Water, Ammonia. * Boiling Points * Melting Points NH3 BiH3 AsH3 PH3 SbH3 Low Propane V.d.W's Ethanal Dipole-dipole High Ethanol Hydrogen All have similar Masses Metallic Bonding * The bonding is the attraction between cation and delocalised electrons. * Down Groups I and II (Alkali and Alkali Earth Metals) o The boiling points decrease as the metallic bond becomes weaker. o Each element donates electrons to form the sea of delocalised electrons. However, as the number of shells increases, the distance between the nucleus and the electron sea increases. Thus, the attractive force decreases and less energy is required to break the bonds. * Across Na-->Mg-->Al o The m.p.t increases as there are more valence electrons. This gives a greater difference in charge between the cations and the sea of electrons. o Also, the ionic radii decreases, reducing the distance between the cations and the sea of electrons. * Properties of Metals o Good conductors of electricity --> delocalised electrons. o Good conductors of heat-->electrons jumping through cations and moving energy from to . o Shiny --> light absorbed by electrons and re-emitted at different Energy levels. o Malleable --> pushing layers. o Ductile --> moving the layers. o Grey coloured --> release all ; white light intensity is low making the metal look grey. Solubility * Alcohols Size of the hydrocarbon chain increase Solubility in water decreases as more of molecule interacts by Van der Waal's than by H-bonding with water. Solubility in benzene increase as more of molecule interacts by Van der Waal's than by H-Bonding. * In water: o We need covalent molecules which can interact with the water molecules easily. o Need to be the same types of intermolecular forces. E.g. hydrogen bonding or, to a lesser extent, dipole-dipole attraction. * In organic solvents: o E.g. Benzene o Are generally non-polar, therefore are used to dissolve non-polar molecules that have Van der Waal's. ...read more.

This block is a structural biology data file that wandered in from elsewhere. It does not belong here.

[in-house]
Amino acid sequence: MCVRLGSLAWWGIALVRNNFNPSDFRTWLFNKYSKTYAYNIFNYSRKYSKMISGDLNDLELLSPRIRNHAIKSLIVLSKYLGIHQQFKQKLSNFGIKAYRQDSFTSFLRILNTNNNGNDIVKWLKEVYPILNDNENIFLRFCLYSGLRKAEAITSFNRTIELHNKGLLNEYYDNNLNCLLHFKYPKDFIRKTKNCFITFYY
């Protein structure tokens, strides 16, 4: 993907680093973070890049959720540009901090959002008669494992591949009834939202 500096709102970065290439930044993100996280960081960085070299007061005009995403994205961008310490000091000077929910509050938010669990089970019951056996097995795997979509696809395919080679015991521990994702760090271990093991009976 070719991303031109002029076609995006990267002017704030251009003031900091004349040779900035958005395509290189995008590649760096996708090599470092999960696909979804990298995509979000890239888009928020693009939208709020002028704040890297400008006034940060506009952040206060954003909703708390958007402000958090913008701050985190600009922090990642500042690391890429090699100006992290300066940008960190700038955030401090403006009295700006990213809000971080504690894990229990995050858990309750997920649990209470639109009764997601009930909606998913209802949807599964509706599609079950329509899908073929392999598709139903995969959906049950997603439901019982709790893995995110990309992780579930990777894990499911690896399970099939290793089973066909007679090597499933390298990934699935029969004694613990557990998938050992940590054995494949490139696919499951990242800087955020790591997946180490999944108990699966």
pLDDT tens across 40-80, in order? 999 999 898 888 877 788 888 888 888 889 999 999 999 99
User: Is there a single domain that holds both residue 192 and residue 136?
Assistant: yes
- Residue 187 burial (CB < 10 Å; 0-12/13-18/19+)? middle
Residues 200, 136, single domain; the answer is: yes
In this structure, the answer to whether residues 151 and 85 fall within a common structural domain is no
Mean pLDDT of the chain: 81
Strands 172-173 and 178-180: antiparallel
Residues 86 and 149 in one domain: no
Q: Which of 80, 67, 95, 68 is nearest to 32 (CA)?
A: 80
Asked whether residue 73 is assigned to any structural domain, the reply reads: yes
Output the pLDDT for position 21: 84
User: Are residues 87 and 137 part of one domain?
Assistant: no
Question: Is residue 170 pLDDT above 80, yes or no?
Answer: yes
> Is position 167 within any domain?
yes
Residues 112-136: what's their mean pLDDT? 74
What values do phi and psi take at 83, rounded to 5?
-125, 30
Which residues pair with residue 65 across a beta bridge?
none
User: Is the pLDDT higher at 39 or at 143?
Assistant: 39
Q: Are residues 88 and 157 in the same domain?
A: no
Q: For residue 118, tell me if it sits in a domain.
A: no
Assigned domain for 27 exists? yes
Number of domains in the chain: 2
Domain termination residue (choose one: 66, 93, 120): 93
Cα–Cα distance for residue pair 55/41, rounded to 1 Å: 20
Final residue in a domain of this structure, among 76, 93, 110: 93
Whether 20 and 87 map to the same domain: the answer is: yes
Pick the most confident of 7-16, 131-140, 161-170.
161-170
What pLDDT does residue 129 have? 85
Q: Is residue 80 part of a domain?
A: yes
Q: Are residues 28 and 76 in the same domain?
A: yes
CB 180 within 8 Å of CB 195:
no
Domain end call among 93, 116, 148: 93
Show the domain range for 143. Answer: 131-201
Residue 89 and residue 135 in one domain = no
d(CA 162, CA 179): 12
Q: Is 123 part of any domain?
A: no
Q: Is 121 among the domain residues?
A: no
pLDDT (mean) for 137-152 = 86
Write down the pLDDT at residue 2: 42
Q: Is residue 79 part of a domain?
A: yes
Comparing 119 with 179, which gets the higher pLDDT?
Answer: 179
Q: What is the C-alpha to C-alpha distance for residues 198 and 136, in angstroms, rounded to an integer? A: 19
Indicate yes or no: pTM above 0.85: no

Conclusion

* E.g. Cyclohexane and Hexene --> o Isomers have equal numbers of electrons and therefore would be expected to have the same Van der Waal and b.p.t. However, they are more spherical in shape and this reduces surface area, therefore lowering both Van der Waal's forces and b.p.t. Stability of Carbon Chains vs Silicon Chains * Si will also form chains with itself but they are not stable in an oxidising atmosphere. * Stability comes from two places: o C-C and C-H are similar in energy with C-O. So there is little to be gained in energy in oxidising a hydrocarbon. This is not true for Si. o Si-Si and Si-H are much weaker than C-C and C-H. So the activation energy for combustion of silicon hydride organic analogues is so low that it happens at S.T.P. Naming Convention (IUPAC) 1. Find the longest carbon chain (you can count around corners) 2. This will be named according to the sequence meth, eth, prop, but, etc. 3. Chose the principal functional group to get the ending, e.g. Alkanes end in -ane, alkenes in -ene, alcohols in -ol, etc. 4. Branching of the carbon chain: * Decide on the length of the branch --> 1C is methyl, 2Cs is ethyl, etc. * Decide on the location of the branch: * 2nd C atom on branch --> 2-methyl. * 3rd C atom on branch --> 3-methyl. Make this number as small as possible. 5. Other substituents on the C chain in addition to branches: * -Cl --> chloro- * -Br --> bromo- * -I --> iodo- * -OH --> hydroxyl- (except in alcohols) * =O --> carbonyl- (except in acids, aldehides and ketones) Reactions with Hydrocarbons * Additions: o Hydrogenation o Ethanol o Bromoethanol o Polyethene * Alcohols Ethanol (alcohol) Ethanal Ethanoic acid (carboxylic acid) * Esters Ethyl ethanoate o Structural Formulae Pattern o R --> Any alkyl group R'--> Another alkyl group o Forms Alkyl alkanoates IB Chemistry Summary- By Paul Li & Silvia Riggioni IB Chemistry Summary- By Paul Li & Silvia Riggioni - 26 - - 1 - ...read more.